Emerging Trends | Policy/ Regulatory Reform | Regulation | Tariff Policy & Competition
July 11, 2019

ITU launches latest ‘ICT Regulatory Tracker’ to help inform key policy decisions

By Youlia Lozanova, Senior Programme Officer for ITU’s Regulatory and Market Environment Division

Information and communication technologies (ICTs) now underpin nearly every sector of the economy, boosting growth and improving lives at a pace and scale not seen before.

This rapid and transformational change is driving the need for cross-sector collaboration – as well as flexible, incentive-based, market-driven regulation.

Moving towards more open, collaborative and cross-sectoral regulation will help to unlock investment that supports innovation, job creation – and digital transformation.

That is why ITU has developed the concepts of “collaborative regulation” and “fifth-generation regulation”. And that is why we have launched the latest edition of ICT Regulatory Tracker.

How the ICT Regulatory Tracker works

The ICT Regulatory Tracker is an interactive tool developed by ITU to help decision-makers and regulators more fully understand the ever-changing terrain of ICT regulation.

The Tracker pinpoints the changes taking place in the ICT regulatory environment. It facilitates benchmarking and the identification of trends in ICT legal and regulatory frameworks.

It tracks countries’ progress from ‘first-generation’ (G1) regulation, whereby regulated public monopolies take a command-and-control approach, to ‘fifth-generation’ (G5) regulation whereby different regulatory agencies are collaborating with a wide variety of stakeholders to form a harmonized approach across sectors now dependent on ICTs.

The tracker is composed of 50 indicators, organized in four pillars: regulatory authority, regulatory mandate, regulatory regime, competition framework.

The Trackers’ indicators correspond closely to the guiding principles outlined in the ITU Best Practice Guidelines of the Global Symposiums for Regulators (GSR) adopted annually by the global community of ICT regulators. The Best Practice Guidelines are considered as the core of modern ICT regulation and the expression of collective wisdom of the current bodies in charge of ICT regulation.

The Tracker helps identify gaps in existing regulatory frameworks, making the case for further regulatory reform towards achieving a vibrant and inclusive ICT sector.

The Tracker does not measure the quality or the performance of regulatory frameworks in place, but records their existence and features. It enables users/countries to track progress and identify the major regulatory trends driving the ICT sector since 2007.

The Tracker went through an in-depth external audit by the Competence Centre on Composite Indicators and Scoreboards (COIN) of the European Commission’s science and knowledge service. The Joint Research Centre (JRC) COIN team is renowned for its expertise on statistical methodologies and technical guidelines on the development of sound composite indicators, which can be used in making informed policy decisions.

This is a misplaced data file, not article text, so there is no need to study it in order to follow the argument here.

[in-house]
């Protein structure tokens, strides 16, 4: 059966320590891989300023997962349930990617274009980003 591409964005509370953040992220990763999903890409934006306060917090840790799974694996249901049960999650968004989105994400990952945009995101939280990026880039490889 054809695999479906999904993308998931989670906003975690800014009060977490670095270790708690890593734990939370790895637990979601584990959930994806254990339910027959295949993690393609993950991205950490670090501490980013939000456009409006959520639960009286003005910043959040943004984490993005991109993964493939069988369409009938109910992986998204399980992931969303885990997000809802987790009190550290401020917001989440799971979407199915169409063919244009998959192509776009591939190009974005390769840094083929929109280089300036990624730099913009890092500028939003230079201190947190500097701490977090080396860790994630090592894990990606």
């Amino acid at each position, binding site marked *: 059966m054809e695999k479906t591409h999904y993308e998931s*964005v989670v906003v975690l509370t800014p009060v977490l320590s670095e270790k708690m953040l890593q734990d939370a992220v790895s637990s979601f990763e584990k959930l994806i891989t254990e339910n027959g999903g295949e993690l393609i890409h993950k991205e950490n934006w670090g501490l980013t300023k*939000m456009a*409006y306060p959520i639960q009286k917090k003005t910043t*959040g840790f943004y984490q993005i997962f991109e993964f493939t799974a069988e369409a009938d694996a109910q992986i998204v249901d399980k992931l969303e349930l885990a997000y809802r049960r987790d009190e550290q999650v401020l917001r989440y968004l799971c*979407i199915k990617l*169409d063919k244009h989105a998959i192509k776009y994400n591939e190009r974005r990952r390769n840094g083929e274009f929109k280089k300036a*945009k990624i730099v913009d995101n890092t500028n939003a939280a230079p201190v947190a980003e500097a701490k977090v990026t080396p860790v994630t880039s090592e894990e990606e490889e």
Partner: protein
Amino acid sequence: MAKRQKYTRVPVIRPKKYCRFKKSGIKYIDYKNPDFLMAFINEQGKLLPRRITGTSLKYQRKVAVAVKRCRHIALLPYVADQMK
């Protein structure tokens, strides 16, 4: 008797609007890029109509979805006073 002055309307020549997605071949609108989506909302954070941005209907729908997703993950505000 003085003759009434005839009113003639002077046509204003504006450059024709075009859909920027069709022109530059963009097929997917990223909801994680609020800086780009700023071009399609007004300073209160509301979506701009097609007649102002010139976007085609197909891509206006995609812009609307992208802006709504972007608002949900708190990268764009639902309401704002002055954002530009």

The audit report found that the Tracker is a conceptually sound, statistically coherent and robust monitoring tool. Simplicity and clarity stand out as two of the main strengths of the Tracker monitoring framework.

Some key takeaways

In the 2018 ICT Regulatory Tracker, we can see that many countries are making substantial progress on the road to collaborative “fifth-generation” regulation.

The rise of G4 regulation has proved unstoppable. By the end of 2018, a third of countries had climbed aboard the bandwagon – no longer an exclusive club – of fourth generation regulators.

In just over ten years, G4 — Integrated regulation led by economic and social policy goals — has become the gold-standard for every ICT regulator.

Here are some key takeaways by region:

  • AFRICA – Africa is the region where regulatory frameworks have most evolved over the past ten years. G3 countries have increased in number from five to 52 per cent a little more than ten years. In 2007, more than 40 per cent of Africa were of G1 status. In 2018, only two least-developed countries (LDCs) remain in this lowest tier.
  • AMERICAS – The leader within the region is the Dominican Republic, which is one of the highest scored non-European countries sharing the 8th world spot with Australia and Turkey.
  • ARAB STATES – Progress up the ‘generation ladder’ has been slower than in most other regions, although the pace is likely to accelerate over the next two years with major reforms in the pipeline in a number of Arab States.
  • ASIA-PACIFIC – Australia tops the Asia-Pacific top 5 while placing eighth in the world ranking. Only four countries – one in ten – have attained G4 status, a performance comparable to the figures for Africa. No new countries have attained G4 status since 2012.
  • CIS (Commonwealth of Independent States) – The region has made steady progress since 2007. Eleven of 12 countries were either of G1 or G2 status in 2007 and boasted a single G3 country. In 2018, three countries have progressed to G3 and G4 status.
  • EUROPE – Italy tops both European and world rankings, with a score of over 97 points in the ICT Regulatory Tracker. The European top 5 is effectively the world top 5.
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ITU is the United Nations' specialized agency for information and communication technology. Any opinions expressed and statistics presented by third parties do not necessarily reflect the views of ITU.

ITU launches latest 'ICT Regulatory Tracker' to help inform key policy decisions

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